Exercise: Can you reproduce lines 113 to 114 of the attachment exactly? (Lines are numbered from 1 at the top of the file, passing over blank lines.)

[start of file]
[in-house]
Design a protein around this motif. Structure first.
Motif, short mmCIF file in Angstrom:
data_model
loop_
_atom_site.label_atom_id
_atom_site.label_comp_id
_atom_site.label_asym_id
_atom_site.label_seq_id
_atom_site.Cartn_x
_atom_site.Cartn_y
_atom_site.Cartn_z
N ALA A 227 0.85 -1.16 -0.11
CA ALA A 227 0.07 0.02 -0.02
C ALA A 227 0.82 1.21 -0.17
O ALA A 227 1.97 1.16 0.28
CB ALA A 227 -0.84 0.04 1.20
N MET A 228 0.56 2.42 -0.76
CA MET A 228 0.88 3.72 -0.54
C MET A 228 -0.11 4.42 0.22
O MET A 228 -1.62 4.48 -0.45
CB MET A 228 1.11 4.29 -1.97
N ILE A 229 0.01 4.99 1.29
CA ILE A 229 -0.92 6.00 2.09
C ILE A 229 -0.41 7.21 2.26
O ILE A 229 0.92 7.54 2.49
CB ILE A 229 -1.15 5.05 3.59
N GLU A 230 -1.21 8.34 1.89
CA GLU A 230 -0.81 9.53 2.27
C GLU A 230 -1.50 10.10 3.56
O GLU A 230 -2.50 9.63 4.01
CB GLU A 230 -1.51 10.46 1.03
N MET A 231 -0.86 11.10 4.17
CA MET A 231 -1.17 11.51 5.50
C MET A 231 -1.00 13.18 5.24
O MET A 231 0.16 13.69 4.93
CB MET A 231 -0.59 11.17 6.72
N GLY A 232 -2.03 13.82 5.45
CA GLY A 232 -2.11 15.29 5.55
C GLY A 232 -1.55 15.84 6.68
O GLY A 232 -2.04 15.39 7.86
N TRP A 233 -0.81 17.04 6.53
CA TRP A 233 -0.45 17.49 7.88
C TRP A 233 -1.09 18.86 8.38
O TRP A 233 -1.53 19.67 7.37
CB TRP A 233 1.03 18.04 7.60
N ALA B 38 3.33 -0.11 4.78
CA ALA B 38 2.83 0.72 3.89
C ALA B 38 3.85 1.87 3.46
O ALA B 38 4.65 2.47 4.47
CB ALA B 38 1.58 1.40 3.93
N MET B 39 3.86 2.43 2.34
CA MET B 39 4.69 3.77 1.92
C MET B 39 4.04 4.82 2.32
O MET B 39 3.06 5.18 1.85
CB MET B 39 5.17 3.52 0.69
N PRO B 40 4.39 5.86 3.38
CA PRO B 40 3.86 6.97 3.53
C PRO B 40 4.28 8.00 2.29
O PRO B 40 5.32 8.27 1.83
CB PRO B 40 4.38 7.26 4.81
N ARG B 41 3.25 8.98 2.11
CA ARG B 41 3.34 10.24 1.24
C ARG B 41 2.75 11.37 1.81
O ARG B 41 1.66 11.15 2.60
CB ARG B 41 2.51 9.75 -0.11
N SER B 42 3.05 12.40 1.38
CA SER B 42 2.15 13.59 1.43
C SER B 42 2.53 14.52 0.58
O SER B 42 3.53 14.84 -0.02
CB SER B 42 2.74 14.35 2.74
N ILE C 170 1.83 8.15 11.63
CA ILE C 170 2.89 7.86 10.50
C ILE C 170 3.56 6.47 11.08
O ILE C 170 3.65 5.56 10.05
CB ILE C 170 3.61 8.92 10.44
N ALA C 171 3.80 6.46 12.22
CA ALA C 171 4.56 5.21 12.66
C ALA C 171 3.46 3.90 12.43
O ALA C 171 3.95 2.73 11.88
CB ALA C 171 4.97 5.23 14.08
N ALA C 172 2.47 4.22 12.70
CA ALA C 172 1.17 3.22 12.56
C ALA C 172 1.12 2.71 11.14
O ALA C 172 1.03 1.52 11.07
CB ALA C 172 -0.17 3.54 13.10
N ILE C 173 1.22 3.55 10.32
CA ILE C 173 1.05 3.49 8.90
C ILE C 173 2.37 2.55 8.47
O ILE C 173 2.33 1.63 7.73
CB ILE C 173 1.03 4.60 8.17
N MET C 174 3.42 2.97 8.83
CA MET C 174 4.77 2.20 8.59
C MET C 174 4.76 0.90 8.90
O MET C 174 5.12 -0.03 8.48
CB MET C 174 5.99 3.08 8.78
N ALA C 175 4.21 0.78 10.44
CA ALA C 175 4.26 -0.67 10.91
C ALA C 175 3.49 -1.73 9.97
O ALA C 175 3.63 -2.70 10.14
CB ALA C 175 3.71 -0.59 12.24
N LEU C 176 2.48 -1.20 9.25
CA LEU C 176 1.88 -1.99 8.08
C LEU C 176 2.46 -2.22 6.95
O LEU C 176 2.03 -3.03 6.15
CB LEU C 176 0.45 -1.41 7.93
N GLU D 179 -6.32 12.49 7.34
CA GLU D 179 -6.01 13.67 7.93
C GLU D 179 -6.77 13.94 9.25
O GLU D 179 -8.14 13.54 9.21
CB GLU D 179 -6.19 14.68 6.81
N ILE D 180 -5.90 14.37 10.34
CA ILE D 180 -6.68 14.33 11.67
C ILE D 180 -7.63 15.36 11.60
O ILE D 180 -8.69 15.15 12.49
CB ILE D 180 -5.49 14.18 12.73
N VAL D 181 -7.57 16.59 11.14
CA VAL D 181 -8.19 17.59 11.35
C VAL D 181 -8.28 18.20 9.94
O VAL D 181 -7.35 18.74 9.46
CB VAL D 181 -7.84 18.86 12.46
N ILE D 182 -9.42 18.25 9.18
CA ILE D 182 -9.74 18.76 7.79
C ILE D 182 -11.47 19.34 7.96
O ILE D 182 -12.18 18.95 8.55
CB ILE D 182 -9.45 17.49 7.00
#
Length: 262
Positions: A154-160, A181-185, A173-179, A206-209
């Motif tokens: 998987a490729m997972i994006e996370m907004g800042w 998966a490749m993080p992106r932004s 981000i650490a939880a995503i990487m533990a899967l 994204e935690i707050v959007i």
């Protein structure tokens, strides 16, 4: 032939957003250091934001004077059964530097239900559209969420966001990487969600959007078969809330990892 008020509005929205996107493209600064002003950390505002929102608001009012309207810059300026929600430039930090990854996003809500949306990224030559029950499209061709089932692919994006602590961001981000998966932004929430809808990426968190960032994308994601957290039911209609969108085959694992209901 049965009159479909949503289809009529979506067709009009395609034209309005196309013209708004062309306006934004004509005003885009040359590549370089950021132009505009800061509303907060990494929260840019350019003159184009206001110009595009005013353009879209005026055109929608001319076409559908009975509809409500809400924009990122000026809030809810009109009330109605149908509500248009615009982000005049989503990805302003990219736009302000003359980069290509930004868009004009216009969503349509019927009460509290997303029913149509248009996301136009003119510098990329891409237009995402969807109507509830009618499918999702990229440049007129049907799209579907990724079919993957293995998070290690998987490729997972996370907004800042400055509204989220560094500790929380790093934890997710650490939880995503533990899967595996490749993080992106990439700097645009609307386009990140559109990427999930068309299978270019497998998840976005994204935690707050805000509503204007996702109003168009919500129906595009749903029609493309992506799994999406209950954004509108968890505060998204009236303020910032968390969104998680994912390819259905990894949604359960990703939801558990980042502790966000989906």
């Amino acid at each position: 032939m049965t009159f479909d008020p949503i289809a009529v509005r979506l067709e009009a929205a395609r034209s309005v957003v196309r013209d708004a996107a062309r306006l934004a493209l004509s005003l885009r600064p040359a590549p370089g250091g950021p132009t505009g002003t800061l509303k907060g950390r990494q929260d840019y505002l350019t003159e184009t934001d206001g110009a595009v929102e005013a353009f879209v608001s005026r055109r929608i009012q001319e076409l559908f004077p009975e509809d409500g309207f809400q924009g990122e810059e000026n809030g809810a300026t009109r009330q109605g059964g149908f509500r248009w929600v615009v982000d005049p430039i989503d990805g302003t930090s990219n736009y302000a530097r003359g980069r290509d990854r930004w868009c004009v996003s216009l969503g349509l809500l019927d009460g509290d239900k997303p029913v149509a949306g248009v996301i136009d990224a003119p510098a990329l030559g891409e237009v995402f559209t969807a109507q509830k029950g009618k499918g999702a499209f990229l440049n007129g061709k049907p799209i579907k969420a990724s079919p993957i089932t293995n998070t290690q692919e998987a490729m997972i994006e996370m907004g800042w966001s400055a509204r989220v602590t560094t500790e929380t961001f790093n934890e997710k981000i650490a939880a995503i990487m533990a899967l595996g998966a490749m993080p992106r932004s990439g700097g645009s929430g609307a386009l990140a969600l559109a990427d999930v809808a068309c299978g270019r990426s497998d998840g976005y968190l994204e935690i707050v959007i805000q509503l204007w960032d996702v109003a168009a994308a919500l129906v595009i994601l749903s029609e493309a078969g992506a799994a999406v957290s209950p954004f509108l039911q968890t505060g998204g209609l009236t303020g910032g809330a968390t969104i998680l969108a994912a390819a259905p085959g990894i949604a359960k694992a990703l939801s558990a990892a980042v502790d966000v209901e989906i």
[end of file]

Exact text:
CA ILE D 180 -6.68 14.33 11.67
C ILE D 180 -7.63 15.36 11.60